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The Term 'Eudaimonia': 'Flourishing' or 'Happiness'?

I have a number of very roughly-formulated things to say about eudaimonia in this essay. I hope that focusing later on other specific aspects of NE will help me to pull all this together better. I think the problems my sources discuss are the products of contrived readings; all of those sources recognized this fact, and cleared up the confusions accordingly. At the level at which I have so far studied, the Nicomachean Ethics seems unproblematic, though demanding in the sense that Aristotle seems to find so many of his connections too obvious to explain. I mention this by way of partial explanation of the naive way that I fill out the connections that Aristotle leaves for us to make on our own.

A good place to start is with Ackrill's brief characterization of eudaimonia: eudaimonia "is doing well, not the result of doing well" (Ackrill, p. 13). Even though Irwin translates 'eudaimonia' as 'happiness', I will use Cooper's translation 'flourishing' instead. The reason for my choice comes mainly from Book X, where Aristotle tells us that eudaimonia is a process and not a state (1176b5). It is easier to keep this in mind if the word 'flourishing' is used, since 'happiness' names a state, rather than a process, in English.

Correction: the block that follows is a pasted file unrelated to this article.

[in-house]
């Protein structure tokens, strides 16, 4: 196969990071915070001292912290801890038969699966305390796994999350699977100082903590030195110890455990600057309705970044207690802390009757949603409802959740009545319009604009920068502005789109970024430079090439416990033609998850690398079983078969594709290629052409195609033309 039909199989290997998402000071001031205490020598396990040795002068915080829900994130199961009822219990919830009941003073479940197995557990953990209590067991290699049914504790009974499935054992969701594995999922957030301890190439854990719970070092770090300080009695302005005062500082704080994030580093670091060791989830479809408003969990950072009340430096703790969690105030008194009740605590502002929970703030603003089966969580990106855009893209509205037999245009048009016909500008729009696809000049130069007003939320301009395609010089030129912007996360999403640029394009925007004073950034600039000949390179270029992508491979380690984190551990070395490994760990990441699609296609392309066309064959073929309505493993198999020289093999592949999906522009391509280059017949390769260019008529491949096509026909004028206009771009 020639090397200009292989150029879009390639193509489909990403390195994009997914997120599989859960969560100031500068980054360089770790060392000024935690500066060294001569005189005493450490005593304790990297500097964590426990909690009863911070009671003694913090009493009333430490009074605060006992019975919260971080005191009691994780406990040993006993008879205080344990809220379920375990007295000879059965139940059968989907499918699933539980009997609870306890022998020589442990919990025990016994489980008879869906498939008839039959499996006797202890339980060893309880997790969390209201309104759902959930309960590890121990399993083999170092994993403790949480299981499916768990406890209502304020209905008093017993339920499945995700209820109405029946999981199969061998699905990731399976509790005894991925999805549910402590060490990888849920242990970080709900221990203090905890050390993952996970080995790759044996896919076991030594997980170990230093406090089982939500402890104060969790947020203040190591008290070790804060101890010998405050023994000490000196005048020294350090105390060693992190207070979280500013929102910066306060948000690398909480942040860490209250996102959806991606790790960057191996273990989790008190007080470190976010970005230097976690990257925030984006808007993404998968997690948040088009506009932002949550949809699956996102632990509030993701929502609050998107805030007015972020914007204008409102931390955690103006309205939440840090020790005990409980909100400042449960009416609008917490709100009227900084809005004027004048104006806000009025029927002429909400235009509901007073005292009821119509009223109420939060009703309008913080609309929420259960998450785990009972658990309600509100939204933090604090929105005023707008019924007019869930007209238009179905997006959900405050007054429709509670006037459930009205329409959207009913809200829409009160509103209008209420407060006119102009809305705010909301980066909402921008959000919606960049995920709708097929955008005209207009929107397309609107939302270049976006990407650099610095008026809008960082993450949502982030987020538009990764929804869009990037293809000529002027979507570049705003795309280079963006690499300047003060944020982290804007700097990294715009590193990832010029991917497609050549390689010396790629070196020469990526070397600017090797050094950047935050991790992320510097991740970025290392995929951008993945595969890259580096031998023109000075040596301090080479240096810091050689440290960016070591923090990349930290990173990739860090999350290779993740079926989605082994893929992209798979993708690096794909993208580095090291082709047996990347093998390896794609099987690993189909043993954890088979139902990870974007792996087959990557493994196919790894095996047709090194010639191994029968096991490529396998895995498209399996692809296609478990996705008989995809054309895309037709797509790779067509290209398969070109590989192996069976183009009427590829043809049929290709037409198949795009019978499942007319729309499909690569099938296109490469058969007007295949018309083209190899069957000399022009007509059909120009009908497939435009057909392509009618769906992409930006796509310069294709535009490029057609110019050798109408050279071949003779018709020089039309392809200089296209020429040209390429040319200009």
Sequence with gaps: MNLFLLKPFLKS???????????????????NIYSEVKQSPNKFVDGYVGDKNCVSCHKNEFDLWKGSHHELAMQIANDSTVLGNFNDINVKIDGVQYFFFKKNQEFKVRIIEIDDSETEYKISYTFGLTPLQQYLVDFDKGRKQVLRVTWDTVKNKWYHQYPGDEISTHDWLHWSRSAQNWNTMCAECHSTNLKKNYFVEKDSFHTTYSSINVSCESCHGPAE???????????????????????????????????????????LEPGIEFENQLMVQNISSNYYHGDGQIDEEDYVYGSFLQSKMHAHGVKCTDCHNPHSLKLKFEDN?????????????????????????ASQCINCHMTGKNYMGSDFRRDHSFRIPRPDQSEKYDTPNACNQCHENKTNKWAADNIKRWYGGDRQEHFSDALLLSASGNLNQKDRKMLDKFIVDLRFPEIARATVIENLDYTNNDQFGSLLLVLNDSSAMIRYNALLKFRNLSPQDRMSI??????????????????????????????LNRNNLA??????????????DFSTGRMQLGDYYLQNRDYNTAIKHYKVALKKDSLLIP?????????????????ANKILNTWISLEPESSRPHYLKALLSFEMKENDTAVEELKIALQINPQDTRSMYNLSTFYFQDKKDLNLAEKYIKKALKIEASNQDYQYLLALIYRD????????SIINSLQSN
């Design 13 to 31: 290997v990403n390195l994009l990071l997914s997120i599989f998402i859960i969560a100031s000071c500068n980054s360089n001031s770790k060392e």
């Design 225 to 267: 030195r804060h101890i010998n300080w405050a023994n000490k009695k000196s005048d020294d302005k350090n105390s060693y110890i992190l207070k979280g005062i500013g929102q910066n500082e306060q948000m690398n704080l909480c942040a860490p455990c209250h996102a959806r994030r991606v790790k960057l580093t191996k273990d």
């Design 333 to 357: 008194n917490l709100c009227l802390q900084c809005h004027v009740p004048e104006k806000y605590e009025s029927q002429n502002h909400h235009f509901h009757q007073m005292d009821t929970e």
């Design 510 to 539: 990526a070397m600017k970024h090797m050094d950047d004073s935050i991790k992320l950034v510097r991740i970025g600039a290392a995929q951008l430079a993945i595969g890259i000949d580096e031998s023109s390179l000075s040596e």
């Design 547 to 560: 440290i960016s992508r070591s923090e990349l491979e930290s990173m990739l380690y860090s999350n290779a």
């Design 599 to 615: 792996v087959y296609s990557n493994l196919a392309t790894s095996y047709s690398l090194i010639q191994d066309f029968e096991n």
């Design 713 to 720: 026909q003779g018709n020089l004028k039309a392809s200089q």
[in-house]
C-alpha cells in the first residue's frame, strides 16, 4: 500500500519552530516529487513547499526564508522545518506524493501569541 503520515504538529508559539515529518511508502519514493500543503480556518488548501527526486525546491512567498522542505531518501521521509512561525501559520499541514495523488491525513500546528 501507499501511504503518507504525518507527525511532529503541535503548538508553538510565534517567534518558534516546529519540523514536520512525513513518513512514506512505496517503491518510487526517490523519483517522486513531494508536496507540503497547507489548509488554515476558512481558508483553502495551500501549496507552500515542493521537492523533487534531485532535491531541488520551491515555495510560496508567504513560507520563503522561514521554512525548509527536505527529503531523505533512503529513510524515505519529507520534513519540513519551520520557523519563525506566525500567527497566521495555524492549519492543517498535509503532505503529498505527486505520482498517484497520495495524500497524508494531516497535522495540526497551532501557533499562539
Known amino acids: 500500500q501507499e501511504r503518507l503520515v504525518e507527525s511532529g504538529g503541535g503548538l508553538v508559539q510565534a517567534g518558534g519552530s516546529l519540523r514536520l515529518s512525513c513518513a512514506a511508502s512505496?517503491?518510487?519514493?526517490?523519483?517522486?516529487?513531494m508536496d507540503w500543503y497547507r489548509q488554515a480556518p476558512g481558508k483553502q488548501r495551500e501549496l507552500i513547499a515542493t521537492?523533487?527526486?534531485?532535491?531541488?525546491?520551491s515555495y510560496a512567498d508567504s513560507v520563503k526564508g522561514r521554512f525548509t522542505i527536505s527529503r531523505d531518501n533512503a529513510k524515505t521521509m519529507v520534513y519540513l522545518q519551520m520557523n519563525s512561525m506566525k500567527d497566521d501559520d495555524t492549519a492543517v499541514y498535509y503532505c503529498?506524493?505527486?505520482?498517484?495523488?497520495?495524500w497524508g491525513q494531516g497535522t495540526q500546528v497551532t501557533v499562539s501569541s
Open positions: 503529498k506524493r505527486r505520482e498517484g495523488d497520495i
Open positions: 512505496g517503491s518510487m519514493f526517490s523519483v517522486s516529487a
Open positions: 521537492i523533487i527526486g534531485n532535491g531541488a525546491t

Furthermore, there is popular prejudice, especially among philosophers, against the idea that being happy is consistent with being virtuous. Hence, the use of the word 'happiness' psychologically weights the case against the credibility of Aristotle's doctrine, since he does think that eudaimonia is virtuous action (1176b5). His doctrine is at least rendered more worthy of consideration by such critics if they are first appeased by the more neutral term.

Ackrill has different reasons for thinking that 'happiness' is not the proper translation. eudaimonia is the final end. While many things may be final ends, only eudaimonia is the most final end--the "one final good that all men seek" is happiness.(Ackrill, p. 12).

This is where he sees the difference; what is true of happiness is not true of eudaimonia. Happiness may be renounced in favor of some other goal, but eudaimonia



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